The W of Cassiopeia stands high in the northern sky these December nights and smack in the middle of the Milky Way. Any constellation crossed by that smoky stream of stars will find itself home to a rich assortment of star clusters and nebulae. Why? Our line of sight looks straight into the disk of the Milky Way Galaxy, where all the goodies are concentrated. We see a sampling of everything the galaxy has to offer from near to far.
Cassiopeia is absolutely loaded with clusters, some so bright, like the Double Cluster, you can see them with the naked eye. Many others require a small to modest telescope, from 3-inches to 6-inches, for a good view. A recent e-mail from my friend Chris Schur, an accomplished astrophotographer from Arizona, included a photo of a close-knit trio of star clusters we’ll nickname “The Triple Cluster.” All three are located within ½° (just one moon diameter) of the 4th magnitude star Kappa Cassiopeia near the center of the W, making them very easy to find. None are particularly bright however, so don’t expect to see them in binoculars or a wee department store telescope. You’ll need a 6-inch or larger telescope for a good view.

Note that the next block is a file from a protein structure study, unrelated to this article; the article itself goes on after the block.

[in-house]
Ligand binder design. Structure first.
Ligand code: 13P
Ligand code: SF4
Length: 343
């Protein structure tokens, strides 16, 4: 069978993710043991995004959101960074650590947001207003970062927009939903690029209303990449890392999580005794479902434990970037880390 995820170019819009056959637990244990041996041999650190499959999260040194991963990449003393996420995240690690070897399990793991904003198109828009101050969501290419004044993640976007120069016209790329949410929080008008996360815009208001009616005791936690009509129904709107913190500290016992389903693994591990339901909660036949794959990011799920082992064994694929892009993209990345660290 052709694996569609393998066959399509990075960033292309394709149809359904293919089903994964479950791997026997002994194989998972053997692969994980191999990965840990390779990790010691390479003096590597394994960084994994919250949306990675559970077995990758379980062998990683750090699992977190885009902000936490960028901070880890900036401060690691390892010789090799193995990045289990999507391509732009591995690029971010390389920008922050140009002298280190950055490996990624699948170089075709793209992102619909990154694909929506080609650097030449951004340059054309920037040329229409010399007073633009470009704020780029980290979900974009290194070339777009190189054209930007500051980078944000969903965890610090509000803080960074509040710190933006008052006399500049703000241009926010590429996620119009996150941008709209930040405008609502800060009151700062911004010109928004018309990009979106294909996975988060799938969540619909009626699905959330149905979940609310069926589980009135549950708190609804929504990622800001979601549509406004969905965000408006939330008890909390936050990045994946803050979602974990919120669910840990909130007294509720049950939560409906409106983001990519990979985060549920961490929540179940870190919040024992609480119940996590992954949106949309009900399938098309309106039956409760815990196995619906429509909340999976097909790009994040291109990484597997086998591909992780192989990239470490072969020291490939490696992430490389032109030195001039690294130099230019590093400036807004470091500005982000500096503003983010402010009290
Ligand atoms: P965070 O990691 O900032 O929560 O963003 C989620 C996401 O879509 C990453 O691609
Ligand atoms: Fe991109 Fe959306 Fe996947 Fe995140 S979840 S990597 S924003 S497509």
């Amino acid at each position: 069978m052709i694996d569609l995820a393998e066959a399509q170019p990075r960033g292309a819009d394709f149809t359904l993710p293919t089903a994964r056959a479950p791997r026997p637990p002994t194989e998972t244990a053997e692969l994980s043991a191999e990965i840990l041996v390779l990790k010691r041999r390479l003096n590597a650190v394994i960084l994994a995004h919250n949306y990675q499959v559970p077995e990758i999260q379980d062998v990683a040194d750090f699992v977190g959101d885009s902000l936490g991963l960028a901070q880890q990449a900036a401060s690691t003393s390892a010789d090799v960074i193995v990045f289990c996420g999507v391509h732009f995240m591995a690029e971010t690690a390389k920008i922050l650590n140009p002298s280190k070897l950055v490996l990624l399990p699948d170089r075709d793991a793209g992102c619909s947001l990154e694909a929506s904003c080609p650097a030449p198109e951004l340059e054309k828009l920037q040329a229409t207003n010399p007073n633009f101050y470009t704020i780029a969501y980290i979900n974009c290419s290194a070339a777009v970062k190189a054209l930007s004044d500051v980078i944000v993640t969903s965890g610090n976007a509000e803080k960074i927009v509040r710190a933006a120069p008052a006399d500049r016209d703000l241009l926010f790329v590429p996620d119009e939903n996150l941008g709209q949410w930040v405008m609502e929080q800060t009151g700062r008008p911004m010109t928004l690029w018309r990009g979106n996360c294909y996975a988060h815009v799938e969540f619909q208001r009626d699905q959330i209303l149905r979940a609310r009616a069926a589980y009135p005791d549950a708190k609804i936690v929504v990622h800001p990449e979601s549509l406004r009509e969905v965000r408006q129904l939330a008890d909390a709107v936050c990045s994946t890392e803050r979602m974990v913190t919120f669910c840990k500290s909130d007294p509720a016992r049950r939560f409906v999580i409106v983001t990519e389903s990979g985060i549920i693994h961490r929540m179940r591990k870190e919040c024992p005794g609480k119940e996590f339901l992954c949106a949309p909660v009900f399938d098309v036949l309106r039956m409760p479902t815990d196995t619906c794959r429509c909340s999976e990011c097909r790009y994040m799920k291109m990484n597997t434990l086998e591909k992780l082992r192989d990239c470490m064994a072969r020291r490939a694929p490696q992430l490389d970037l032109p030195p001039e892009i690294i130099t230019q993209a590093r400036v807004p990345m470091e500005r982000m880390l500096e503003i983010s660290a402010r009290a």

Start with low magnification — around 50x — and center Kappa in the field of view. Then look immediately northwest of the star (in the direction of the North Star) for three individual heaps or clumps of stars that are close enough together they comfortably fit in the same field of view: NGC 146, NGC 133 and King 14.
King 14 is the brightest at magnitude 8.5; the others are about 9th magnitude. Their small sizes and relative faintness has much to do with distance. NGC 146 lies nearly 10,000 light years away; NGC 133 around 2,000 light years and King 14 at 8,450 light years. All three stand out well from the rich background of field stars. King 14 and NGC 146 remind me of small pincushions stuck with shiny pins of different brightness. NGC 133 forms a distinctive line of a half dozen brighter stars peppered with fainter ones around and about.
With the moon rising later and later, these and other riches of the early winter sky stand ready to delight telescope users.